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# Finite State Machine to Determine the Ternary Number is Divisible 5

A finite state machine is a unquestionable model used to design and describe systems that have a finite add up of states, which change based on inputs. It is also noted as a finite automaton, and it is used in various fields such as computing device, science, mathematics, and engineering. The goal of this article is to define a finite put forward machine to determine whether a troika number (base 3) is severable by 5.

### Problem Statement

Given a ternary number, we need to design a finite state machine that will determine if the given number is divisible by 5 or not. A ternary come is a number system that has three digits, i.e., 0, 1, and 2, synonymous to a binary number system with two digits (0 and 1) or a decimal system with ten digits (0-9). We need to determine whether the precondition ternary add up is divisible by 5 or not using a finite state machine.

### Approach

To design a finite state machine, we need to follow careful steps, as mentioned below:

• Define the input alphabet: In this case, our input alphabet consists of three digits, i.e., 0, 1, and 2.
• Define the output alphabet: In this case, the output alphabet consists of deuce states, i.e., “Divisible by 5” and “Not divisible by 5.”

Now,

M=(Q , ∑ , η , δ , q0 , F)

Q = A set of non-empty finite states = {qs , q0 , q1 , q2 , q3 , q4}

= A set of non-empty finite input symbols = {0,1,2}

q0 = Initial state = {qs}

F = A non-empty finite set of final state = {q0}

δ = Q x ∑ ⇢ Q = {δ}

#### Transition Diagram: Transition diagram

#### Implementation:

We can implement the finite posit machine for determining the divisibility of a ternary number by 5 victimizations in any programming language or hardware description language (HDL) like Verilog or VHDL. Let’s take an example of implementing this machine in Verilog.

Verilog code for the finite state machine:

```module fsm_divisible_by_5(input clk, input rst,
input [1:0] input_digit, output reg output_state);
reg [2:0] current_state, next_state;

// Define the states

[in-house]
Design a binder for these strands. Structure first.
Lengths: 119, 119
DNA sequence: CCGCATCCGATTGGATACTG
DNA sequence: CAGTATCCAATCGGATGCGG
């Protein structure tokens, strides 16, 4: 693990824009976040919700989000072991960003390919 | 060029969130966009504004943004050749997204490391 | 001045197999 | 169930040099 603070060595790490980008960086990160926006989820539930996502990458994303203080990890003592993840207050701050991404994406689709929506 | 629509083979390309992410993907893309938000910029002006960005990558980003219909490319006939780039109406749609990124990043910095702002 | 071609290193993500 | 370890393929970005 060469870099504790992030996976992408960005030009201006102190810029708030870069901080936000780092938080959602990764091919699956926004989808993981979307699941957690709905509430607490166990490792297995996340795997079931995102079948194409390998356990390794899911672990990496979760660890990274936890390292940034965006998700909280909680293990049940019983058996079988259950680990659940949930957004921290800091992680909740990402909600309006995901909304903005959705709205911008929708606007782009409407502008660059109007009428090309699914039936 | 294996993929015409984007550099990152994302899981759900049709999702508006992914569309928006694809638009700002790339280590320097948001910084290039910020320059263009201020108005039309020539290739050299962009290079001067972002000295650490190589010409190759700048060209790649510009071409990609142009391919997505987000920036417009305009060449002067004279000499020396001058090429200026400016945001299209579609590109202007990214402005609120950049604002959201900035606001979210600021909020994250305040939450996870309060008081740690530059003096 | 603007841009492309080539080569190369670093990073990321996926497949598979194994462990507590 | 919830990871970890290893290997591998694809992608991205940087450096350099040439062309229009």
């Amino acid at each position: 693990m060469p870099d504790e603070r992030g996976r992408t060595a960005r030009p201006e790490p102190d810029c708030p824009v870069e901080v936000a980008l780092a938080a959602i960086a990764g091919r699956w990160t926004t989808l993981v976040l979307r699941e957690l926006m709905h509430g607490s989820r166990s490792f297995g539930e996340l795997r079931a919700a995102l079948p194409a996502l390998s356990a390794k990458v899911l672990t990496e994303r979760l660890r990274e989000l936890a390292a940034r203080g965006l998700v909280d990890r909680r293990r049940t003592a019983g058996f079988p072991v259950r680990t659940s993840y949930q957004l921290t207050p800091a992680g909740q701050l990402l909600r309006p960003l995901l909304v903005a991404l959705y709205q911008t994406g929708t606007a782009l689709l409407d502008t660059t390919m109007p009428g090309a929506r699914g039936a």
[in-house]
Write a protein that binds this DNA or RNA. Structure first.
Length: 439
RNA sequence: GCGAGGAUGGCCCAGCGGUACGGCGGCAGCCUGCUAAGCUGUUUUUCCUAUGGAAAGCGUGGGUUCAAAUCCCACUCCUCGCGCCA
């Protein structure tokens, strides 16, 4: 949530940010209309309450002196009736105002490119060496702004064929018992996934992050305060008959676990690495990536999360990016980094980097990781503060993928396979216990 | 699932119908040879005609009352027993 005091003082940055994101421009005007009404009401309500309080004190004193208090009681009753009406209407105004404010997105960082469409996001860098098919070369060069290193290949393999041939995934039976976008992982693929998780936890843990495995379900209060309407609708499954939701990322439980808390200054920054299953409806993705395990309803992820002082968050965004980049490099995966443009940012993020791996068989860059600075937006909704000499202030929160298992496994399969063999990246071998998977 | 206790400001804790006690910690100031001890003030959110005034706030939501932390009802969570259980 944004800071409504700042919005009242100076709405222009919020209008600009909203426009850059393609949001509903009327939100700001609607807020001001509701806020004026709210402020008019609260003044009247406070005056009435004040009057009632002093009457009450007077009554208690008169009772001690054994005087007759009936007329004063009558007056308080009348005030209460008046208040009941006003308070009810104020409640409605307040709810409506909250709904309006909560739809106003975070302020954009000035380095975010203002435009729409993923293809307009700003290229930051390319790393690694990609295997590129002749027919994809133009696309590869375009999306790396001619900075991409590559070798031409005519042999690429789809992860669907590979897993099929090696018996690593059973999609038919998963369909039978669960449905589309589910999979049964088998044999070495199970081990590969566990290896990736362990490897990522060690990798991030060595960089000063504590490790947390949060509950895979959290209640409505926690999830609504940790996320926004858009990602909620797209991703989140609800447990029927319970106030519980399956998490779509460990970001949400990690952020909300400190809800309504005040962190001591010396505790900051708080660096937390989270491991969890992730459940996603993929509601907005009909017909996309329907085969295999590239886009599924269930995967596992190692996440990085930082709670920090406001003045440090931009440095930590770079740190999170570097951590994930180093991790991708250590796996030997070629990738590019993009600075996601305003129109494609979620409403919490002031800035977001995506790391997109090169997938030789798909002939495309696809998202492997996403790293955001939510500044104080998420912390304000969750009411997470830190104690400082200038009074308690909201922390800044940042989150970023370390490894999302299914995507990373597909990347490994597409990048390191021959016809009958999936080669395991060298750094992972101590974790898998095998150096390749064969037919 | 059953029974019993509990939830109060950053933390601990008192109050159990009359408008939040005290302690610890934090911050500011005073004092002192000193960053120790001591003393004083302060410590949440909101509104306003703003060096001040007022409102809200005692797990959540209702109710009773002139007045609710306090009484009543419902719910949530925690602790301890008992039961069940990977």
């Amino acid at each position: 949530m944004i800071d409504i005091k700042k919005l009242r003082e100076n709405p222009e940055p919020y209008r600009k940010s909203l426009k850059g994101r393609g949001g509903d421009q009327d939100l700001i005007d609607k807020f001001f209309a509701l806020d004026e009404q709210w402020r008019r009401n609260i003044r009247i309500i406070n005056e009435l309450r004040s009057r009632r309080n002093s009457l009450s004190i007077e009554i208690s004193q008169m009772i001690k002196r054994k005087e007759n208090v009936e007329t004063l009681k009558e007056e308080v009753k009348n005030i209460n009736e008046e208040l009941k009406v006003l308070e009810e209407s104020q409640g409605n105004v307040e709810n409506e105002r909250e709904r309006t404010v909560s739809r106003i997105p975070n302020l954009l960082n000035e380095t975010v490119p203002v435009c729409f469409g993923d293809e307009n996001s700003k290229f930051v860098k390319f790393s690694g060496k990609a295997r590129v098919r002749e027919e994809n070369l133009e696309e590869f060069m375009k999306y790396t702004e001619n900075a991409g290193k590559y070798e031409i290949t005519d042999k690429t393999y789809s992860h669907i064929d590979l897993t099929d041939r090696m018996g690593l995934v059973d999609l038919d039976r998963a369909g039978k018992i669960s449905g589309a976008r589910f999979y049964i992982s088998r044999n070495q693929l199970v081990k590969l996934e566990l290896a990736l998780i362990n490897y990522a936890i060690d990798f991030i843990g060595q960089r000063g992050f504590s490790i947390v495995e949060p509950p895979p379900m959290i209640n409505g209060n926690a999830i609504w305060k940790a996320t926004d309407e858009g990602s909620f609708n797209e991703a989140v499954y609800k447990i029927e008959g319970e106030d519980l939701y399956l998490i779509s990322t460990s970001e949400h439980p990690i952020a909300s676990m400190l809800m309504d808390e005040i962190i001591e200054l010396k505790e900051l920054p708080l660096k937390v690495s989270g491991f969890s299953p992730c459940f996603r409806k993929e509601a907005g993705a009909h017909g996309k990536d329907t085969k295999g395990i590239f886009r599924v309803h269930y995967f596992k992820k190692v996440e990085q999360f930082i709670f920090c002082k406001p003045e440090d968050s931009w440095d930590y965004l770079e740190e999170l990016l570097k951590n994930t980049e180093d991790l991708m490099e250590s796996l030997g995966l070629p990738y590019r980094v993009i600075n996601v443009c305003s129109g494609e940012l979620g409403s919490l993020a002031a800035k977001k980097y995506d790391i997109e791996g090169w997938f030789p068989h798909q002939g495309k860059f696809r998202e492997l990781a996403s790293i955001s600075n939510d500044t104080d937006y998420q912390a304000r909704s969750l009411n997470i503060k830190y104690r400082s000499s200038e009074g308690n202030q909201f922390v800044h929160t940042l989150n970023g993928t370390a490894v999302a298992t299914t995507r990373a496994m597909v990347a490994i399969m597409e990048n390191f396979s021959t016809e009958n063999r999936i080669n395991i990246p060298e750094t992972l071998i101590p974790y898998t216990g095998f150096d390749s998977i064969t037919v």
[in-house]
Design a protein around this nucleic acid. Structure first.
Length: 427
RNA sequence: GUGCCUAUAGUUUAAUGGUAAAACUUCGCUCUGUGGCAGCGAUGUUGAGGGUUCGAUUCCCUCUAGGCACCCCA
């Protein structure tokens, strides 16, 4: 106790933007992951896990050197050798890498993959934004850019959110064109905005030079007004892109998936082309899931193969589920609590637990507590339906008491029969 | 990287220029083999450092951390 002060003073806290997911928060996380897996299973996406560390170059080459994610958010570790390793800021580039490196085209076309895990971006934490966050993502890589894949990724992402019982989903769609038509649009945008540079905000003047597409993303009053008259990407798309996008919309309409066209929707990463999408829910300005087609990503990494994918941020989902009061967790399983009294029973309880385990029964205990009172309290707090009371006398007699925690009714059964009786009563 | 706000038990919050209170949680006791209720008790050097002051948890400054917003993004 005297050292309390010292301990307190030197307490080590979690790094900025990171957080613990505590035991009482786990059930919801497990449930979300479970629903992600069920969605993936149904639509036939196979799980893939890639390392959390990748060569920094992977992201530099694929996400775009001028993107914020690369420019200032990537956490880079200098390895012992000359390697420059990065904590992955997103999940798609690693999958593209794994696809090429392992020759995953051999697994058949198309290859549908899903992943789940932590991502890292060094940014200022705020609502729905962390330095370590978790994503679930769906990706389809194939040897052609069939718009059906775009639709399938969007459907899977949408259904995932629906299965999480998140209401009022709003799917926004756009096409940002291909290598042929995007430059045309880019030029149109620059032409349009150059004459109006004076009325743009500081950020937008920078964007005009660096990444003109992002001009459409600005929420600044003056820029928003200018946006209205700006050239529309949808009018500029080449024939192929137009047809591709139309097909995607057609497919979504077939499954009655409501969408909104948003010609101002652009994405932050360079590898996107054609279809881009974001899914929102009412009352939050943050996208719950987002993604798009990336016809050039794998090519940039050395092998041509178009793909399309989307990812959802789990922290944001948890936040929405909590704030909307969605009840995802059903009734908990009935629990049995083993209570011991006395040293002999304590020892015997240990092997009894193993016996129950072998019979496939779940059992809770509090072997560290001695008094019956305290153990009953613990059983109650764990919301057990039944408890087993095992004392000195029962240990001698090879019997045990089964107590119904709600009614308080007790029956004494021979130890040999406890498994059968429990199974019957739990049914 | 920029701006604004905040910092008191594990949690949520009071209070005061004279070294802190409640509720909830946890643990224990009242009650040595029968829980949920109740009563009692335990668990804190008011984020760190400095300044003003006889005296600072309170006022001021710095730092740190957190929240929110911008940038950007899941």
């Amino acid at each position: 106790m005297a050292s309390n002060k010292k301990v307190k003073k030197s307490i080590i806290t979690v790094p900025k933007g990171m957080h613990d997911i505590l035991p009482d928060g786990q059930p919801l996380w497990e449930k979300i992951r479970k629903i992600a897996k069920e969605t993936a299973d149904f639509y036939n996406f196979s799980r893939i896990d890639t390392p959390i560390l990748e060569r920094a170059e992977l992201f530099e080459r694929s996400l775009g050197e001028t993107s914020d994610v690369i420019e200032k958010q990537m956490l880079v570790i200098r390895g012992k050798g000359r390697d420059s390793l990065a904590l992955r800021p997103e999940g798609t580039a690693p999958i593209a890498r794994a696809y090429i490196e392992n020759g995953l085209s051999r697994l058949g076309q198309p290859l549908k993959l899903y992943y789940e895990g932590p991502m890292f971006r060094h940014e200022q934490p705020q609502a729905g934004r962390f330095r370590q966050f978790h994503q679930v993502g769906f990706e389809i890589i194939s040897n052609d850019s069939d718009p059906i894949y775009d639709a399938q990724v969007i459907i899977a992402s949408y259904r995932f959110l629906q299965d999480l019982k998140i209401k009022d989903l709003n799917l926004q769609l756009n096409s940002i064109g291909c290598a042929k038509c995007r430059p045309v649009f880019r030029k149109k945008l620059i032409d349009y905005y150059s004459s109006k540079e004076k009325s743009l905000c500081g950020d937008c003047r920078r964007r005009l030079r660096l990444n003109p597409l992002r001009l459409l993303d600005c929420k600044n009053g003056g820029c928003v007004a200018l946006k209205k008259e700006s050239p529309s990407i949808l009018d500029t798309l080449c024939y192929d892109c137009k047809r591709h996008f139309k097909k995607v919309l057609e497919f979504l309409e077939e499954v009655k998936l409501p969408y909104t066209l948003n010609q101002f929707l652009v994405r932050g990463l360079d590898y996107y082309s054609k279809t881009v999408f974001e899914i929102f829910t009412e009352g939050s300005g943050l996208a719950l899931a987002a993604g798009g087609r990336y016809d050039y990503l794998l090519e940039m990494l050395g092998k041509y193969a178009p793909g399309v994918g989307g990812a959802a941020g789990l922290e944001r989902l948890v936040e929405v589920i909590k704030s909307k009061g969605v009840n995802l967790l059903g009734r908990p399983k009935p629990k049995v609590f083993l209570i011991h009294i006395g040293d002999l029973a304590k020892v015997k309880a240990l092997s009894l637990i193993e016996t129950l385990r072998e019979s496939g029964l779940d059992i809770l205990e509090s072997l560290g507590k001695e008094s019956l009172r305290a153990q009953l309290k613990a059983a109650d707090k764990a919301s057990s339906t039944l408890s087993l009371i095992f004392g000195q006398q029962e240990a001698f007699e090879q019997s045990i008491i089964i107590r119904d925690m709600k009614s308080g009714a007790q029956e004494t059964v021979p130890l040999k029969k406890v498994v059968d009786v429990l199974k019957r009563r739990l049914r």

parameter S0 = 3'b000,
S1 = 3'b001,
S2 = 3'b010,
S3 = 3'b011,
S4 = 3'b100;

// Define the transition function
always@(posedge clk or posedge rst)
begin
if(rst)
current_state <= S0;
else
current_state <= next_state;
end

always@(input_digit)
begin
case(current_state)
S0: next_state = input_digit[1:0];
S1: next_state = {2'b10, 2'b01, 2'b00}[input_digit];
S2: next_state = {2'b01, 2'b10, 2'b11}[input_digit];
S3: next_state = {2'b10, 2'b01, 2'b00}[input_digit];
S4: next_state = {2'b01, 2'b10, 2'b11}[input_digit];
default: next_state = S0;
endcase
end

// Define the output state
always@(current_state)
begin
if(current_state == S0 || current_state == S5)
output_state = 1'b1; // Divisible by 5
else
output_state = 1'b0; // Not divisible by 5
end
endmodule```

The above Verilog code defines a module that takes an input time signal, a readjust signal, and a 2-bit input digit, and gives an yield put forward as the output. The input finger’s breadth represents the ternary digit (0, 1, or 2) of the given ternary number. The output submit wish be 1 if the given ternary number is separable by 5, otherwise 0.

#### Testing

To test the implemented finite state machine, we can provide different ternary numbers pool as input and control whether the output state is correct or not. For example, let’s take the ternion number 201. The output submit should be 1 as 201 is divisible by 5.

#### Verilog Testbench Code

```module fsm_divisible_by_5_tb;
reg clk, rst;
reg [1:0] input_digit;
wire output_state;

fsm_divisible_by_5 fsm(.clk(clk), .rst(rst),
.input_digit(input_digit),
.output_state(output_state));

initial begin
clk = 0;
forever #5 clk = ~clk;
end

initial begin
rst = 1;
input_digit = 2'b00;
#10 rst = 0;
#10 input_digit = 2'b10;
#10 input_digit = 2'b01;
#10 input_digit = 2'b01;
#10 \$display("Output State = %b", output_state);
#10 \$finish;
end
endmodule```

The above Verilog testbench code initializes the inputs and provides input digits to the finite state machine. It also simulates the clock signal and resets the machine at the beginning. After providing the input digits, it displays the output state and finishes the simulation.

When we run this testbench, the output should be:

`Output State = 1`

This output confirms that the given ternary number 201 is indeed divisible by 5.

### Conclusion:

In this article, we have discussed the problem of determining whether a given ternary number is divisible by 5 or not. We have explained the approach of using a finite state machine to solve this problem. We have also shown how to implement this finite state machine using Verilog and how to test it using a testbench. By following this approach, we can easily determine whether any given ternary number is divisible by 5 or not.

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